The proper implementation of anti-corruption and anti-bribery laws will depend largely on the Commission’s role. On paper, the Commission has been granted extensive authority to combat corruption with minimal interference and obstruction. In the past, political influence has played a significant role in manipulating the Commission to meet its needs. Therefore, an impartial and independent Commission is required to eradicate corruption in Bangladesh.

The ‘Anti Corruption Commission (Amendment) Bill 2013’, which was passed on 10 November 2013 and includes a new provision requiring prior government approval to file corruption cases against public servants, is one of the loopholes in this war on corruption.

The amendment proposed a new provision in section 32 of the ACC (Anti-Corruption Commission) Act of 2004, which would require the commission to follow Rule 197 of the Criminal Procedure Code (CrPC) when prosecuting a judge, magistrate, or public servant.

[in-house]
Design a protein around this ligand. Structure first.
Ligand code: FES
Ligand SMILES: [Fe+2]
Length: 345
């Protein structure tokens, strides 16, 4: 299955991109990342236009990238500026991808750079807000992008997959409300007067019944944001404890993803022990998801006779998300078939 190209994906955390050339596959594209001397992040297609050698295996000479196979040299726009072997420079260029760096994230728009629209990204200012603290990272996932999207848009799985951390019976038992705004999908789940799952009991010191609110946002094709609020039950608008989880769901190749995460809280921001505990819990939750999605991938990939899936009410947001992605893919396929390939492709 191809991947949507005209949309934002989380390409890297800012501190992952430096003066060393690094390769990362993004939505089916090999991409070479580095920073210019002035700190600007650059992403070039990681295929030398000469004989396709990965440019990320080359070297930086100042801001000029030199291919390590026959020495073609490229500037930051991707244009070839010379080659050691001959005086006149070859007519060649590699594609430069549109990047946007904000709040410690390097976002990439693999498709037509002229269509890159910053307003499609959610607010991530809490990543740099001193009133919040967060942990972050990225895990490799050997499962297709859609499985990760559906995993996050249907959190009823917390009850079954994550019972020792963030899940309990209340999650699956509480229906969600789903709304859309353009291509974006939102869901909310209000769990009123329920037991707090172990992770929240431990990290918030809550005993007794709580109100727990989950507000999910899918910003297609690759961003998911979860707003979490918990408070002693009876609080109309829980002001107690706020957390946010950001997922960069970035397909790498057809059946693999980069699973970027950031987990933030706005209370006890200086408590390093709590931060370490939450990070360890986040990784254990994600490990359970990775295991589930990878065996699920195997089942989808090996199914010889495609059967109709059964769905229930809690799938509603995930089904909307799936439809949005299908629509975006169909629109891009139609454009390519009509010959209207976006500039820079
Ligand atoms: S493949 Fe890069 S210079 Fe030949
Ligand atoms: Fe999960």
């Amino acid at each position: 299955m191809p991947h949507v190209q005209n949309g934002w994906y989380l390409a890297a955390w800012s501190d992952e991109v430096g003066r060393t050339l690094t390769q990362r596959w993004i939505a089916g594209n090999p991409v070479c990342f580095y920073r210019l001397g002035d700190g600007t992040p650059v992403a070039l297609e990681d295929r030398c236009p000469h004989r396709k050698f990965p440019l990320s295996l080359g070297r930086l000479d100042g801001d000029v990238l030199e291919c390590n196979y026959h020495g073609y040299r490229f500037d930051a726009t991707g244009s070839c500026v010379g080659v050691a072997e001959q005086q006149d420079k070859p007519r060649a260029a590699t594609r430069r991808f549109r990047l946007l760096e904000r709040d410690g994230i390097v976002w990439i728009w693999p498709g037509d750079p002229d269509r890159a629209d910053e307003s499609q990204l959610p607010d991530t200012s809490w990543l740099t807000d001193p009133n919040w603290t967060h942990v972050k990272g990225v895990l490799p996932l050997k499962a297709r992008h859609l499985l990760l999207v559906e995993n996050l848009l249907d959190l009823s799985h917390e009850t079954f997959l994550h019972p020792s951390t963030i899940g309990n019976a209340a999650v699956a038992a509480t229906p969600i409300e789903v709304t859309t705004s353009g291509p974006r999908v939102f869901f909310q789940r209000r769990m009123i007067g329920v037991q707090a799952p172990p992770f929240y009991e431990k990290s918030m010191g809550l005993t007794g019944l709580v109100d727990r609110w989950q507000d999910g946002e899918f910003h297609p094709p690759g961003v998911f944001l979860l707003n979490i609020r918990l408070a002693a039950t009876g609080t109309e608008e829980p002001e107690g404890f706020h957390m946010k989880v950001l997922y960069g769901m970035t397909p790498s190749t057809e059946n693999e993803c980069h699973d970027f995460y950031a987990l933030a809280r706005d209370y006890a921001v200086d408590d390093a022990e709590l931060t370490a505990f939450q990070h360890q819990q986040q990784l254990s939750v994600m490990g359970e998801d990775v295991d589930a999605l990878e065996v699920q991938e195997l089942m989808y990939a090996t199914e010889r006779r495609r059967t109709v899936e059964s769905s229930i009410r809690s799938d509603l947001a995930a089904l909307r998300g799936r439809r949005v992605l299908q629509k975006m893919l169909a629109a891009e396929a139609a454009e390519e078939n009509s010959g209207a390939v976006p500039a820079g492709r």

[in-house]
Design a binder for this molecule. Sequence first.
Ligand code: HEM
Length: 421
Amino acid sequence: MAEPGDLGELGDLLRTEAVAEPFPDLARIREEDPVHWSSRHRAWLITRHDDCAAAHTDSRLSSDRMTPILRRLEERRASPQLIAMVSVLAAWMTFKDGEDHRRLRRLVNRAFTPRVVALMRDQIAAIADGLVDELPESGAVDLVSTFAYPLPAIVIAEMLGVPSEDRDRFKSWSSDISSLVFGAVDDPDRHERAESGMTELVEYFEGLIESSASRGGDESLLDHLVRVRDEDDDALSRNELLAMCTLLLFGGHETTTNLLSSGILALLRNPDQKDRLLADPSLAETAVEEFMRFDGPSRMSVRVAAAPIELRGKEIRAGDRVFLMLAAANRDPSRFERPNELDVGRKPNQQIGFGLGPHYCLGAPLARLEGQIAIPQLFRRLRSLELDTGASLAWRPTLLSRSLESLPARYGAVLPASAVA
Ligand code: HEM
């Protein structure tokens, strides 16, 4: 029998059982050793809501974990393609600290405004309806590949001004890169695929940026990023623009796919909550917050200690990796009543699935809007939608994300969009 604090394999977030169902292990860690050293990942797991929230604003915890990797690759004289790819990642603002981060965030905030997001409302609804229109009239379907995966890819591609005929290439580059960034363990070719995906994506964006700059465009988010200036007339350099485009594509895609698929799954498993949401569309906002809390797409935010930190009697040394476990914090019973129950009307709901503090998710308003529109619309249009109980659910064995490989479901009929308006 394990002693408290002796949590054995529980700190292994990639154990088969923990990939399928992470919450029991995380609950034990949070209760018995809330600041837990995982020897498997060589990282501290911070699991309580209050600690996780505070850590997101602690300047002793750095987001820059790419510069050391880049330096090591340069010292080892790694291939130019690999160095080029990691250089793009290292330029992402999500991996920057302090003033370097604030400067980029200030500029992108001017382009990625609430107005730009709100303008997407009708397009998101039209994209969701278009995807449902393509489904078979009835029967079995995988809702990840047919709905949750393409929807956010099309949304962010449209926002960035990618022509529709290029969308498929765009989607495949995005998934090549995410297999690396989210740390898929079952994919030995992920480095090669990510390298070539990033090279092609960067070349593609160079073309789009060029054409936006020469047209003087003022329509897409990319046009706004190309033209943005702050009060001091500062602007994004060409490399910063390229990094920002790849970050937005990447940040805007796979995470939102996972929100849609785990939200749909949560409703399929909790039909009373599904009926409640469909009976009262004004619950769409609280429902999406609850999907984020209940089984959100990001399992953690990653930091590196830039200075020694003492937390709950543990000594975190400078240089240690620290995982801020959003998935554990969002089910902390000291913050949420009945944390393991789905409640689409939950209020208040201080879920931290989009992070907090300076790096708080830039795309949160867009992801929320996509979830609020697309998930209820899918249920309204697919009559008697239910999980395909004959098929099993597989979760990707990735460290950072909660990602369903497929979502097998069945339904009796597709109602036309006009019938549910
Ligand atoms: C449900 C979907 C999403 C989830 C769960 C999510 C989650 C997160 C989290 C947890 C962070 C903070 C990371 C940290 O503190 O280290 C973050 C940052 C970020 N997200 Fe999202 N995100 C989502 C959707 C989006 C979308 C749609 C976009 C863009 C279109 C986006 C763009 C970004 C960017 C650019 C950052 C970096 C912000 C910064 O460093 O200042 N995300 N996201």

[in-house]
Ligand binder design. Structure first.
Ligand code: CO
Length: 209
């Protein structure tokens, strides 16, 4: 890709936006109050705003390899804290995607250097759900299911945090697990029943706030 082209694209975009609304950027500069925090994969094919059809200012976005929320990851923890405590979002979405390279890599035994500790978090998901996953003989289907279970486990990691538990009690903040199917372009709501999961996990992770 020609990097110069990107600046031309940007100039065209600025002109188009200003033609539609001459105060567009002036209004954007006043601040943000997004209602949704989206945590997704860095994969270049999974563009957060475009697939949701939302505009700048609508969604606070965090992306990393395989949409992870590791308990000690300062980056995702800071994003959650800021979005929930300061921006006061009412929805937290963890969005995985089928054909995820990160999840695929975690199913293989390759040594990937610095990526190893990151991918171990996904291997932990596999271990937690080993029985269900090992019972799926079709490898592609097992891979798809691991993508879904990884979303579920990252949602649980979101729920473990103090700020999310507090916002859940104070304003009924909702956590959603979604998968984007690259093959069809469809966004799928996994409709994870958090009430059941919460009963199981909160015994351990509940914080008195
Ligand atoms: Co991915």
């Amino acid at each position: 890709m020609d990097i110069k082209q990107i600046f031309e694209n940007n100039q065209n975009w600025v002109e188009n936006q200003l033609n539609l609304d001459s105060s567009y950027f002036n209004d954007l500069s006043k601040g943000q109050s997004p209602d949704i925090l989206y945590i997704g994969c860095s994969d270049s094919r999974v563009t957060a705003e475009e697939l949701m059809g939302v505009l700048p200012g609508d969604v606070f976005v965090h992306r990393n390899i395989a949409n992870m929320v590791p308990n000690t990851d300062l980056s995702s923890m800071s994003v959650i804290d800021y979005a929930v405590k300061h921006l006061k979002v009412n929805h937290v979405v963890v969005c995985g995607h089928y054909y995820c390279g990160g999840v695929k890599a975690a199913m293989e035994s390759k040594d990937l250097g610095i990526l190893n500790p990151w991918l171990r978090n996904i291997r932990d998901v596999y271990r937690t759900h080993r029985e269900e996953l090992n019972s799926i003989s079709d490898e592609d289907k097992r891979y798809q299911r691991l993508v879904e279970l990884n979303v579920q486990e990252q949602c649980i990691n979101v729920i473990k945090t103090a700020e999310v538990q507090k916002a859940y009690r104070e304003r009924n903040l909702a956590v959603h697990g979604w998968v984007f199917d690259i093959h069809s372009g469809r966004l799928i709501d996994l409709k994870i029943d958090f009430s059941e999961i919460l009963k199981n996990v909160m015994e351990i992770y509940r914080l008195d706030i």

Rule 197 of the CrPC states that when a judge within the meaning of section 19 of the Penal Code, a magistrate, or a public servant who is not removable from his office except by or with the sanction of the government is accused of any offence alleged to have been committed by him while acting or purporting to act in the discharge of his official duty, no court shall take cognizance of such an offense without the prior sanction of the government.

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In January 2014, however, the Honourable High Court of Bangladesh ruled that the most recent amendment was unconstitutional because it limited the authority of the ACC. A HC (High Court) division bench struck down the relevant section 32 (A) of the ACC (Amendment) Act of 2013 in response to a writ petition.